Trajectoires et mémoires des engagées volontaires de la Révolution et de l'Empire
Presses Universitaires de Rennes (february 2021)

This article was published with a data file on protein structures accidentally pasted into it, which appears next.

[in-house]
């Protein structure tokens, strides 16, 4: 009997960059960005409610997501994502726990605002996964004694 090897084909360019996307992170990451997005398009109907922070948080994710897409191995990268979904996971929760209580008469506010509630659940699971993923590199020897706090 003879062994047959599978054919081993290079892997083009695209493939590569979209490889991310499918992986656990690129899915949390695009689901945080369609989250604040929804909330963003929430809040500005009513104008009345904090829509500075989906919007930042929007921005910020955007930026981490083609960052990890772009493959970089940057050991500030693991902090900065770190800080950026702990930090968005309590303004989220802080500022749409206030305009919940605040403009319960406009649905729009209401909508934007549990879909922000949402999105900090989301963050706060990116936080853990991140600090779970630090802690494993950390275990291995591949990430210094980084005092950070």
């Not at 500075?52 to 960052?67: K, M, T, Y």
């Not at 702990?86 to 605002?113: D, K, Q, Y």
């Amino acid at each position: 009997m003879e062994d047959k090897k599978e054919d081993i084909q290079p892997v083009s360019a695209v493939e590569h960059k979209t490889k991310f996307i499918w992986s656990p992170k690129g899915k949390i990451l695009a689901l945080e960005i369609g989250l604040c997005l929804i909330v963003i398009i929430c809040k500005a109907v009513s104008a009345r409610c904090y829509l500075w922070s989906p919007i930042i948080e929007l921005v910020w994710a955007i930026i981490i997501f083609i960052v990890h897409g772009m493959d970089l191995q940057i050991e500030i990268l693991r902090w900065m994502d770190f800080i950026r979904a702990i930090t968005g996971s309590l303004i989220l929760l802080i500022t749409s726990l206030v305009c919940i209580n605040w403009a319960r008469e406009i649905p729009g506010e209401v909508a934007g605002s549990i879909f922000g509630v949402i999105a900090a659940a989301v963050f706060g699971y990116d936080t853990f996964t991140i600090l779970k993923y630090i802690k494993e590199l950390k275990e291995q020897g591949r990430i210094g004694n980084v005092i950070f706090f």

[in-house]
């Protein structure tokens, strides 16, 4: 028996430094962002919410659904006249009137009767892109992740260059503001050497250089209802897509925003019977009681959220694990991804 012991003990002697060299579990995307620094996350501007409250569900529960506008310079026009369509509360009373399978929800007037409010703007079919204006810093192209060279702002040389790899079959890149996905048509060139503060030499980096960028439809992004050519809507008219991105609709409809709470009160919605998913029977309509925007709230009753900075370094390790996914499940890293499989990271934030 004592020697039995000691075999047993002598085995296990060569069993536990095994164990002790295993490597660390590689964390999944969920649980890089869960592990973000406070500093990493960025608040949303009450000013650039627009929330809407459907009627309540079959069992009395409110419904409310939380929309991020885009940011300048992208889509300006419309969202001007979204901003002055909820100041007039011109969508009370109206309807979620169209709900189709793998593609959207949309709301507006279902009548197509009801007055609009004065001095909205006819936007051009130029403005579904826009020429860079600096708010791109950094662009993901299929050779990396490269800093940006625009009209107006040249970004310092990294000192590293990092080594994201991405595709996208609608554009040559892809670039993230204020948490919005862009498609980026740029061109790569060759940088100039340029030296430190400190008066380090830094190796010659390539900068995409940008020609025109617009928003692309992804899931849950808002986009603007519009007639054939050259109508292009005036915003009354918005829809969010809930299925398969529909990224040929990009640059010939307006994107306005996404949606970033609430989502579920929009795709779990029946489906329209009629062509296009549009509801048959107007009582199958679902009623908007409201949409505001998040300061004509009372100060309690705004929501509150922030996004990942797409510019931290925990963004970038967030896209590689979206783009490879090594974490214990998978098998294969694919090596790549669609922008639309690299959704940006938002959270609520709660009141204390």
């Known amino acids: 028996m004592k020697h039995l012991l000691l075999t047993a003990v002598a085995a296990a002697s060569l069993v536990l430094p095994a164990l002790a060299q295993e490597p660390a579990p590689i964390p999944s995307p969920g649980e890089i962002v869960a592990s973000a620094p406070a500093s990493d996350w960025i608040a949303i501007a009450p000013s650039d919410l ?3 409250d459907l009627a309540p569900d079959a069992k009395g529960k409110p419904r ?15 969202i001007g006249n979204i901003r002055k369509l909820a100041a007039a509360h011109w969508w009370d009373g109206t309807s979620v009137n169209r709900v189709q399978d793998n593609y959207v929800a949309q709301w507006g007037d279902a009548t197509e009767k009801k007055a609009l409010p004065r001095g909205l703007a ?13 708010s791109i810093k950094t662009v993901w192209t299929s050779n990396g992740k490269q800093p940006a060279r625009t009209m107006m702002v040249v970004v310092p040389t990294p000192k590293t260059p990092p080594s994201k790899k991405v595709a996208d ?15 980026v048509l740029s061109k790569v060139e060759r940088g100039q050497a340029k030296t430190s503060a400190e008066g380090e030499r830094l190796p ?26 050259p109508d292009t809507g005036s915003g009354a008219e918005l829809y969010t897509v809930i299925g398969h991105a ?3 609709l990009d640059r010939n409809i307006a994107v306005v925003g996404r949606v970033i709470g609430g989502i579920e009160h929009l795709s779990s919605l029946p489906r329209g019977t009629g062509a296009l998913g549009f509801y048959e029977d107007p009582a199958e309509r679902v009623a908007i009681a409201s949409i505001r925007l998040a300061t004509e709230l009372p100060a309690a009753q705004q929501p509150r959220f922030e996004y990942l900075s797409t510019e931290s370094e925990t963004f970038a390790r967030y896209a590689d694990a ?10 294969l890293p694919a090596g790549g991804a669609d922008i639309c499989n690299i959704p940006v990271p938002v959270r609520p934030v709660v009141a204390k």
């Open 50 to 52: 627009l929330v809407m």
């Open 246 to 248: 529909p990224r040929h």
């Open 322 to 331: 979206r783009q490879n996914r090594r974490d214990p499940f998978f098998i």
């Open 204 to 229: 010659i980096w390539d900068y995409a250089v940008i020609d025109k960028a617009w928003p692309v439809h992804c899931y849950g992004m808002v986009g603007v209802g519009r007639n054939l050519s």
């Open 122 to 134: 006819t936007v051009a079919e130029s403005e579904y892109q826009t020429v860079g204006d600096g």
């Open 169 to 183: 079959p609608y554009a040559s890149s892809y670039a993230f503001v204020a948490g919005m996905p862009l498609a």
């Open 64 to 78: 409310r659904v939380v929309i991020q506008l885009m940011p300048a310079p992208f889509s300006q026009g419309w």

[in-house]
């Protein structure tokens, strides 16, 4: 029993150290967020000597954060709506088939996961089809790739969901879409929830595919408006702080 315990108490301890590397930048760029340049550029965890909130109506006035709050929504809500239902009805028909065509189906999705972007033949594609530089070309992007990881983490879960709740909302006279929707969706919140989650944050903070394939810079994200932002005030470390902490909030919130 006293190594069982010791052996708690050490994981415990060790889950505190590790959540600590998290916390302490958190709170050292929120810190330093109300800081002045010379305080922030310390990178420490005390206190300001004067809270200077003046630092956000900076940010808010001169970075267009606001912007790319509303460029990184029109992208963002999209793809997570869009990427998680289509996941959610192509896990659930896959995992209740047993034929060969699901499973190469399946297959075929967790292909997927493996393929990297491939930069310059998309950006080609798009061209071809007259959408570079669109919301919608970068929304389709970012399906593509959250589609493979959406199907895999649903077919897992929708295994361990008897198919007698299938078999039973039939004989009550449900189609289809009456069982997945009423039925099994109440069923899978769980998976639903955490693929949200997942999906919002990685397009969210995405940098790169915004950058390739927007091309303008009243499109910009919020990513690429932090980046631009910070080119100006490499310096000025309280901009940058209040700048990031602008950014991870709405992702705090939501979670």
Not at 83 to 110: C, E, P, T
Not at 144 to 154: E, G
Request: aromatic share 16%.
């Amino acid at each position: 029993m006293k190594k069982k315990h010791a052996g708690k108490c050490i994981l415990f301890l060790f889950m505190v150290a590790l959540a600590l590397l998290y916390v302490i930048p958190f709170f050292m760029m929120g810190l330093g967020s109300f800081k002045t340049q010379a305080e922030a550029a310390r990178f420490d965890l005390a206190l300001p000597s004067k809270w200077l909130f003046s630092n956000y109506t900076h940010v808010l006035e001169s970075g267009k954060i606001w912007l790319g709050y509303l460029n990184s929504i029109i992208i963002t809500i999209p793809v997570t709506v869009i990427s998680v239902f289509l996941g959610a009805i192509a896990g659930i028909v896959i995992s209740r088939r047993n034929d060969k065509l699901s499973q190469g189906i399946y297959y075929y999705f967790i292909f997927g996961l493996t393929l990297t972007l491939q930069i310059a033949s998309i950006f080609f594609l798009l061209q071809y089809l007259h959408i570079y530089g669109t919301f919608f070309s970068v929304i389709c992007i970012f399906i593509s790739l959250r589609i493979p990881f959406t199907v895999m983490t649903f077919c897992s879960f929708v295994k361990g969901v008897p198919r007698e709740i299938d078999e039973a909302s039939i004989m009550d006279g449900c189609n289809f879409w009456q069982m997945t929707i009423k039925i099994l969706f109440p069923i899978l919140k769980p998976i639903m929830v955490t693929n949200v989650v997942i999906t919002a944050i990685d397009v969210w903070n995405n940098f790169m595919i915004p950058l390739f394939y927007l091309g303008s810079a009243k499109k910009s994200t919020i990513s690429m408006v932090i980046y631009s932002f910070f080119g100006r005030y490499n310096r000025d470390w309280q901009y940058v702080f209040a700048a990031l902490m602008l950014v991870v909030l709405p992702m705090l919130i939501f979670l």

why do women join the armies under the Revolution and the Empire? What are the specificities of their female experience in the military world? What speeches do they produce on their experience when they return to civilian life? Between 1791 and 1815, several dozen women joined the revolutionary, counter-revolutionary and imperial troops to defend their country. Their extraordinary backgrounds illustrate the involvement of women in revolutionary events and the multifaceted nature of their commitment. The study of their passage in the army testifies to the recognition which they were able to profit from the part of the military institution, in spite of the transgressive character of their approach. By commenting on their military past in their autobiographical accounts, they transmit their own representations of the military world and take charge of the narrative of their history. Confronting military sources, revolutionary iconography, personal writings, articles published in the press, Maria Goupil-Travert examines some fifty biographical itineraries of women in the armies. She questions the nature of their engagement, their relationship to the military world and to violence, as well as their capacity for individual action to circumvent gender-related constraints.